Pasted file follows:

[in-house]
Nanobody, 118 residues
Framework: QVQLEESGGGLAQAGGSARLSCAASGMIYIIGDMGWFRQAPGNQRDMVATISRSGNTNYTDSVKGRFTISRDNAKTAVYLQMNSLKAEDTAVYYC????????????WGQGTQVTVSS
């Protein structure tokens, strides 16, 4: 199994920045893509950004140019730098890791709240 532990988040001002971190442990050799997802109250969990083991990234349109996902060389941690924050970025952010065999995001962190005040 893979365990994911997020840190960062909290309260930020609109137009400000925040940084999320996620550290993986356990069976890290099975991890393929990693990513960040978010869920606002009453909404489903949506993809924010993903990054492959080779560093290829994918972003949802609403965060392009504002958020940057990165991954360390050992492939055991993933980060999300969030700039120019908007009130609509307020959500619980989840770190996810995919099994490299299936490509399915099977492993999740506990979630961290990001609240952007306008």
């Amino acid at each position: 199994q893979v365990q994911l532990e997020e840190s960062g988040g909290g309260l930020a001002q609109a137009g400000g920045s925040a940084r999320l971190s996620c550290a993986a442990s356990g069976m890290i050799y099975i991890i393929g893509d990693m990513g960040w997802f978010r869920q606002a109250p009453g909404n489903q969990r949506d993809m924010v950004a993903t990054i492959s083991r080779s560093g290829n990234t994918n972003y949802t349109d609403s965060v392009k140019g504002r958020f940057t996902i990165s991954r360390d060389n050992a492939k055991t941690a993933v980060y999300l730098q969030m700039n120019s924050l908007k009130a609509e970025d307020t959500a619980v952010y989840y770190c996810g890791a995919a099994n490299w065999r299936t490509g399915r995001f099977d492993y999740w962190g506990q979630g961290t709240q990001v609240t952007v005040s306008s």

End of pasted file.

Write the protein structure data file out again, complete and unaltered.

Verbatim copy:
[in-house]
Nanobody, 118 residues
Framework: QVQLEESGGGLAQAGGSARLSCAASGMIYIIGDMGWFRQAPGNQRDMVATISRSGNTNYTDSVKGRFTISRDNAKTAVYLQMNSLKAEDTAVYYC????????????WGQGTQVTVSS
């Protein structure tokens, strides 16, 4: 199994920045893509950004140019730098890791709240 532990988040001002971190442990050799997802109250969990083991990234349109996902060389941690924050970025952010065999995001962190005040 893979365990994911997020840190960062909290309260930020609109137009400000925040940084999320996620550290993986356990069976890290099975991890393929990693990513960040978010869920606002009453909404489903949506993809924010993903990054492959080779560093290829994918972003949802609403965060392009504002958020940057990165991954360390050992492939055991993933980060999300969030700039120019908007009130609509307020959500619980989840770190996810995919099994490299299936490509399915099977492993999740506990979630961290990001609240952007306008």
């Amino acid at each position: 199994q893979v365990q994911l532990e997020e840190s960062g988040g909290g309260l930020a001002q609109a137009g400000g920045s925040a940084r999320l971190s996620c550290a993986a442990s356990g069976m890290i050799y099975i991890i393929g893509d990693m990513g960040w997802f978010r869920q606002a109250p009453g909404n489903q969990r949506d993809m924010v950004a993903t990054i492959s083991r080779s560093g290829n990234t994918n972003y949802t349109d609403s965060v392009k140019g504002r958020f940057t996902i990165s991954r360390d060389n050992a492939k055991t941690a993933v980060y999300l730098q969030m700039n120019s924050l908007k009130a609509e970025d307020t959500a619980v952010y989840y770190c996810g890791a995919a099994n490299w065999r299936t490509g399915r995001f099977d492993y999740w962190g506990q979630g961290t709240q990001v609240t952007v005040s306008s």